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The magnetotactic bacteria are the most primitive organisms known which use a vacuole-based system to form their biomineral products. In mammals, much of the

Figure 10.5. Magnetite crystal extracted from tissues of the human brain [58].

hydroxyapatite in bone and teeth is formed via a similar process, in which the chemical precursors are transported first to a vacuole storage system, and then dis-crete peptides are added to nucleate the desired crystal forms [9]. Understanding how this process evolved in bacteria ought to provide insights for understanding how the more complex biomineralization systems in eukaryotes operate.

Most of the published genetic analyses of magnetotactic bacteria to date have focused in using 16s RNA to infer phylogenetic relationships [74-77]. As of this writing, only one protein directly involved in the magnetite biomineralization process has been found using transposon mutagenesis [78], in an as-yet unnamed magnetotactic bacterium dubbed AMB-1. The protein coded by this open reading frame (termed MagA) is known to reside both in the cell membrane and in the magnetosome membrane [79], and is involved in transporting and accumulating iron within the magnetosomes [80]. It demonstrates strong homology with known Ca2+ trans-membrane transport proteins in other bacteria.

In an attempt to attack the magnetosome problem from the standpoint of the iron mediating enzymes, Bertani et al. [81] focused on the gene coding for bacter-ioferritin (bfr) in Magnetospirillum magnetotacticum. In contrast to E. coli, which has only one bfr gene, M. magnetotacticum has two genes, bfr1 and bfr2, which are strongly homologous to bacterioferritins. The subunit encoded by bfr1 is more similar to E. coli bacterioferritin than it is to the subunit encoded by bfr2. These genes are strange in two other ways: First, the open reading frames overlap by one base pair, with the last base pair of the stop codon of the first gene serving as the first codon of the second protein. Second, the amino acid residues of the region in the putative bfr2 subunit, which is thought to be involved in the binding and nucleating of the iron oxide mineral at the core of the ferritin protein (the mineral ferrihydrite), are completely different from the other bacterioferritins, which are otherwise highly conserved. This characteristic indicates that the proteins are not acting to nucleate ferrihydrite deposition, and Bertani et al. [81] speculate that this peculiar feature may have something to do with the mineralization process.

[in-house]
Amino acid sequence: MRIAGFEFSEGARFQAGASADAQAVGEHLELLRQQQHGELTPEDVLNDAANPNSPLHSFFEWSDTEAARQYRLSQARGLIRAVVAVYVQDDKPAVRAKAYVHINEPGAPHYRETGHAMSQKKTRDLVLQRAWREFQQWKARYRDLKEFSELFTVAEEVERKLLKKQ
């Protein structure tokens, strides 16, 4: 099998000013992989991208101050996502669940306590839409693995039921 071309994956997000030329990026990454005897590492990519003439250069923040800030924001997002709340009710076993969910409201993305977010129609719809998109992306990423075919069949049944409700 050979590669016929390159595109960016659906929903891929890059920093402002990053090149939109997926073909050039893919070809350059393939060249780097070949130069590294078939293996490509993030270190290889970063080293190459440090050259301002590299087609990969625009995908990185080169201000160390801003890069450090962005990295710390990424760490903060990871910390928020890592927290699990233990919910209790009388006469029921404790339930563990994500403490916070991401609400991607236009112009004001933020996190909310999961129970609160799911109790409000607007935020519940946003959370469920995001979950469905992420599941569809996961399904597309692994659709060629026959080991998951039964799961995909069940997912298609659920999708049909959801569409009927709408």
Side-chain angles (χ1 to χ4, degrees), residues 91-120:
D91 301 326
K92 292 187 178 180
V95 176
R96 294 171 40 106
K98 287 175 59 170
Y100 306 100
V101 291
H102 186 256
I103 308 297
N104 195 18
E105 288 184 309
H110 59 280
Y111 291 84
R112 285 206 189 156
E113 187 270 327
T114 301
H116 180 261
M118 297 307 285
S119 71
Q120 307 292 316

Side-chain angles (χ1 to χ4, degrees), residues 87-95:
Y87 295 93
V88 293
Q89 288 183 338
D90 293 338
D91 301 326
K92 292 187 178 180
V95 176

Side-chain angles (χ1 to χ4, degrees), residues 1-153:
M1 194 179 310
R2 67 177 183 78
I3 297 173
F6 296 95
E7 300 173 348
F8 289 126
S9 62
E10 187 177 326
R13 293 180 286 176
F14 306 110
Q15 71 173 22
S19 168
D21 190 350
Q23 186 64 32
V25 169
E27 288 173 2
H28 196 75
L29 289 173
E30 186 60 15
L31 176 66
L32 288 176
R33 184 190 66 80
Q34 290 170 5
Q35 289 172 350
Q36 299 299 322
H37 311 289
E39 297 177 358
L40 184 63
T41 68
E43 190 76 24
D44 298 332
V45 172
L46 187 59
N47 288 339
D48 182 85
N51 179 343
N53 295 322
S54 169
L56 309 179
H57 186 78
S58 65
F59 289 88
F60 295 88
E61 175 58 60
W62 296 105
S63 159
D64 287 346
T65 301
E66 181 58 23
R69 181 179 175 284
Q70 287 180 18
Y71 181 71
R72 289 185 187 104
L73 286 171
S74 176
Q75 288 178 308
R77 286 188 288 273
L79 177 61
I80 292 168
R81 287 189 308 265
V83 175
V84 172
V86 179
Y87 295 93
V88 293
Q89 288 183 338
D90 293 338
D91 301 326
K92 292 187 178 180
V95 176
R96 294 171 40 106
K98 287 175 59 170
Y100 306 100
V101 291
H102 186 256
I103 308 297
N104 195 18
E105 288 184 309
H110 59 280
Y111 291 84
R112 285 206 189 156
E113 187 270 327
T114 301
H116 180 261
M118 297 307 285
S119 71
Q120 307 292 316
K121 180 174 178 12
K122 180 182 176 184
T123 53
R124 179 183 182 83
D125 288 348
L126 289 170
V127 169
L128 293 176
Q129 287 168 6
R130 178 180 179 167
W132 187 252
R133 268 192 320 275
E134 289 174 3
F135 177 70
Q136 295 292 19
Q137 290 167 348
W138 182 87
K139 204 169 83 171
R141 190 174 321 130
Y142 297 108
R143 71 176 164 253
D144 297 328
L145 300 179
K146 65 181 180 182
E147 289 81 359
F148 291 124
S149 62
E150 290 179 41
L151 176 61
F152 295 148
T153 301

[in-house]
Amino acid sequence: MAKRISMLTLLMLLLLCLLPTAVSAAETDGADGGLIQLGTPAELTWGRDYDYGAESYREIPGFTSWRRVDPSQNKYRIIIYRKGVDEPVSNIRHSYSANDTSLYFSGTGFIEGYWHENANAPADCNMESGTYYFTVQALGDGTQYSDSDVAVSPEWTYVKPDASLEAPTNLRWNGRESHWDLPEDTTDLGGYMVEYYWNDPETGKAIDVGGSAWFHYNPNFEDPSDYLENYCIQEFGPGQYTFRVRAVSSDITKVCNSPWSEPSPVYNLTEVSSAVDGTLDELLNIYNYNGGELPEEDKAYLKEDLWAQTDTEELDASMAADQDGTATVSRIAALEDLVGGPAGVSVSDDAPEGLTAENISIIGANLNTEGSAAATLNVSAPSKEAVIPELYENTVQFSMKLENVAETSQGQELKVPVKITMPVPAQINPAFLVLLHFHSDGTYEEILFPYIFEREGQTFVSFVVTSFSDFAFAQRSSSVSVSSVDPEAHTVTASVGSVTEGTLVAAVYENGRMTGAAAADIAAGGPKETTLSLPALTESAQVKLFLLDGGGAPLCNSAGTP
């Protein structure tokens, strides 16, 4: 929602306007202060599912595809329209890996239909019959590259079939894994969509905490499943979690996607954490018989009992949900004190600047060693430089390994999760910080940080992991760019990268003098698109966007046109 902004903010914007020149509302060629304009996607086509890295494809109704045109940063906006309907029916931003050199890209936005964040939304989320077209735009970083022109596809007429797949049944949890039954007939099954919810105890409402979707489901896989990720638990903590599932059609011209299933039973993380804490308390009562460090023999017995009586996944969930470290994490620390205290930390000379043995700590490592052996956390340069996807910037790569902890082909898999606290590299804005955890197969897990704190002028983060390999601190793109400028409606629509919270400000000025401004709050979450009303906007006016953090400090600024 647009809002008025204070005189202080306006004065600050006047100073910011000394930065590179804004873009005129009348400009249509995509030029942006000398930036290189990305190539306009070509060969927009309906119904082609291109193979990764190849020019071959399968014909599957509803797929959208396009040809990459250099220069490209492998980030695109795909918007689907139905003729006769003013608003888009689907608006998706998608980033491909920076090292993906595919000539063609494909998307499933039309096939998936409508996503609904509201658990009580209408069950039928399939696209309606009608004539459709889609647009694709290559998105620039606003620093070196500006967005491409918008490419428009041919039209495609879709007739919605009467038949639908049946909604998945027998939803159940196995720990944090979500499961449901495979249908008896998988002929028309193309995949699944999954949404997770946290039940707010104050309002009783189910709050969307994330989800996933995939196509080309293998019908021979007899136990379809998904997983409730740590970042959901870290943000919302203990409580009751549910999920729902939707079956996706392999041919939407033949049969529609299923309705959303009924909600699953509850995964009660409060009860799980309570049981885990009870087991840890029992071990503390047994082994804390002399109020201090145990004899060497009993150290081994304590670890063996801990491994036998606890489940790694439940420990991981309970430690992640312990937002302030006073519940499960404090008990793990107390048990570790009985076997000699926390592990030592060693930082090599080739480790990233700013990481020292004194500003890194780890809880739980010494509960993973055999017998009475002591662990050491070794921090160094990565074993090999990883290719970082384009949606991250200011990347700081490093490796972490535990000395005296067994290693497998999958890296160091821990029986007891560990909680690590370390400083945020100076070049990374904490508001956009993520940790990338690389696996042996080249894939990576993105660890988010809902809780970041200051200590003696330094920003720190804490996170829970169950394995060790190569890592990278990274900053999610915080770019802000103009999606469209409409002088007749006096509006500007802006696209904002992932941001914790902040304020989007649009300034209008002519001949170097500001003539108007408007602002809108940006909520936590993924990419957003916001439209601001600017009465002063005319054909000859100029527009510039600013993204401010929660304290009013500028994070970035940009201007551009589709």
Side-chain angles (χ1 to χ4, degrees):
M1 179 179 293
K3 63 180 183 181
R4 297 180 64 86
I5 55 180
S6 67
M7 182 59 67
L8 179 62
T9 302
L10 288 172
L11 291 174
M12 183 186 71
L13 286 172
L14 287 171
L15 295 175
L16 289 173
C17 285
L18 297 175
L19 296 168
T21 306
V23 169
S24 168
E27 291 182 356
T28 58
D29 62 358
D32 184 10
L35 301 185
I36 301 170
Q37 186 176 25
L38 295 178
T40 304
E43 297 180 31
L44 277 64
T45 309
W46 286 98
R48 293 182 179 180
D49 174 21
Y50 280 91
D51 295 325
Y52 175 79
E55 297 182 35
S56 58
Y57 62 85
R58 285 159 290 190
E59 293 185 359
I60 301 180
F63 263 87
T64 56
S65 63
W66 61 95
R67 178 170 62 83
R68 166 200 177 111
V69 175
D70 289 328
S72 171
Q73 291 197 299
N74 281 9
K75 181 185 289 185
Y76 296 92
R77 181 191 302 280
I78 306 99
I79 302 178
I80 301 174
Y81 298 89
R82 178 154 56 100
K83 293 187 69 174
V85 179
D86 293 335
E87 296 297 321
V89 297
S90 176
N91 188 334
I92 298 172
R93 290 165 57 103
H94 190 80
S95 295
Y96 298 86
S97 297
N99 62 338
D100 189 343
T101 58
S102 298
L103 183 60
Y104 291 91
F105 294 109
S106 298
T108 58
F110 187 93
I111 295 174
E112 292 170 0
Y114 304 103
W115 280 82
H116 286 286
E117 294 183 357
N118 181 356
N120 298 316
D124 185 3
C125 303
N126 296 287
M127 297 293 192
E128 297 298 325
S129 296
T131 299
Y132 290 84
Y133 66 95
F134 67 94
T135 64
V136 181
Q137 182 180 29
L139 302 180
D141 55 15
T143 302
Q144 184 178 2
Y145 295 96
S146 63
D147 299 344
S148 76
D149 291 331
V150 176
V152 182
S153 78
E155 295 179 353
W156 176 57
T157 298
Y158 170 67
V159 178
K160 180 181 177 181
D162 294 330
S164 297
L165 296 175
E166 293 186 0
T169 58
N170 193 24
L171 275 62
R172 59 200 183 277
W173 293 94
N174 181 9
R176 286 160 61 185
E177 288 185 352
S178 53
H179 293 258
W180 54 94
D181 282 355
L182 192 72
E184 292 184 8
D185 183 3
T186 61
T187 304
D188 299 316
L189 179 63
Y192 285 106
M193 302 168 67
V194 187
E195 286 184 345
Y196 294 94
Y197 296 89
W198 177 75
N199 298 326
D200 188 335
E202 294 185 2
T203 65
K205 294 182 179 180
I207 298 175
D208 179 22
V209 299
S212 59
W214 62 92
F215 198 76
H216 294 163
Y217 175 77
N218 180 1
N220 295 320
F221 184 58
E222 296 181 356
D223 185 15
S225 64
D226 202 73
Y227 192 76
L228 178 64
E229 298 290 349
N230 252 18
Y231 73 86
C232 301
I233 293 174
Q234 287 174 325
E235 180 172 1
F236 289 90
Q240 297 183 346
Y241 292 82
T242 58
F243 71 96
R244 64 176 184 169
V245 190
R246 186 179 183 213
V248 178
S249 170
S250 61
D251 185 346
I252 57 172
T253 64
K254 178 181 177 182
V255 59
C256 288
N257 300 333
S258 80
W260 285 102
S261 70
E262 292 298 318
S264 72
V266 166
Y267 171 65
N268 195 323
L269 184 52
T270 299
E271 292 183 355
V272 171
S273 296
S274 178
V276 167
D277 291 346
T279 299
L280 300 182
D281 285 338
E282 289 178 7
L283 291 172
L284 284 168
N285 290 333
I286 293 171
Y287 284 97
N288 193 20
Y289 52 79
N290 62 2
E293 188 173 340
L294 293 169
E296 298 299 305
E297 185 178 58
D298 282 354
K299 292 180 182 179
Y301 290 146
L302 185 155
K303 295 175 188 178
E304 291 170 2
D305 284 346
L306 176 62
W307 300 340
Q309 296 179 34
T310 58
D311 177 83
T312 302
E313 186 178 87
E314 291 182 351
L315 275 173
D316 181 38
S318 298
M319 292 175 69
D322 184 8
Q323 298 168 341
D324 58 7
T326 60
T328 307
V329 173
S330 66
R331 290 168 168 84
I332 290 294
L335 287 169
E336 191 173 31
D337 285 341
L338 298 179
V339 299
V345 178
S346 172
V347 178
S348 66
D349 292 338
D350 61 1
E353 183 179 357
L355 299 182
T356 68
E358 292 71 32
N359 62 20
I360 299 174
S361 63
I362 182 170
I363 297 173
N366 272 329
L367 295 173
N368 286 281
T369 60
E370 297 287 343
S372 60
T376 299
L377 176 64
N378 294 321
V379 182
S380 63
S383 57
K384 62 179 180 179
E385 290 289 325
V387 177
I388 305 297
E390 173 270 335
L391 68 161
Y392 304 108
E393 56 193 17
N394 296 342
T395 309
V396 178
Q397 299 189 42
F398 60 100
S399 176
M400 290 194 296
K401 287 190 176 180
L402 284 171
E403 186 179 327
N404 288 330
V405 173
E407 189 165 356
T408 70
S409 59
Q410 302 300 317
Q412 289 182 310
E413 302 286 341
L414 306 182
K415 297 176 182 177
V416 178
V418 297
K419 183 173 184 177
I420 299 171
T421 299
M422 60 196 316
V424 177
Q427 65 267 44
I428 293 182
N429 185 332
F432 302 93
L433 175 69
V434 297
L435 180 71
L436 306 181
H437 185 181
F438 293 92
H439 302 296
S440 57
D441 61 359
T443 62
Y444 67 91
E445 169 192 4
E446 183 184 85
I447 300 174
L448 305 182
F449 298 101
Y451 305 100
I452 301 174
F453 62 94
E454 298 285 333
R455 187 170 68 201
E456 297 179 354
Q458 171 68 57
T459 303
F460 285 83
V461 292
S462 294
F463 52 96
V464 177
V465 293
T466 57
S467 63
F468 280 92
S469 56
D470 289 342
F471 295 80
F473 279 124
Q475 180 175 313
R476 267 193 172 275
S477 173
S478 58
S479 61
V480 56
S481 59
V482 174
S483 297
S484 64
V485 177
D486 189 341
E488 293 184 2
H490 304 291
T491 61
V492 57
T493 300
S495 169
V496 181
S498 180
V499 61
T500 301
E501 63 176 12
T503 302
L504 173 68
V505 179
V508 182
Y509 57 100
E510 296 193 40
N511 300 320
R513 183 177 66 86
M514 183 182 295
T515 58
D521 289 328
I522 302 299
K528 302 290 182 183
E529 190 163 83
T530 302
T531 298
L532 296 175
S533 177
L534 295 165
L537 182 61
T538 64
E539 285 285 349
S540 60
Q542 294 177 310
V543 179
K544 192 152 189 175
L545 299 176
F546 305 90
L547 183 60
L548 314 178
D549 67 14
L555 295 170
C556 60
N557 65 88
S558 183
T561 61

In summary, the genetic basis of biomineralization – for all mineral systems – is still a mystery. The “Grand Unified Theory of Biomineralization” presented here suggests that an understanding of magnetite biomineralization in the magnetotactic bacteria might provide a template for unraveling, or at least understanding, por-tions of vacuolar-based biomineral systems in higher animals, including humans. The first major step for understanding the bacterial system would be, of course, determining the complete genome sequence for a magnetotactic bacterium.

It is fitting to close this article with the first stanza of Rudyard Kipling’s famous poem, Cold Iron:

Gold is for the mistress – silver for the maid – Copper for the craftsman cunning at his trade. "Good!" said the Baron, sitting in his hall,

"But Iron – Cold Iron – is master of them all."

Date: 2015-02-03; view: 1024

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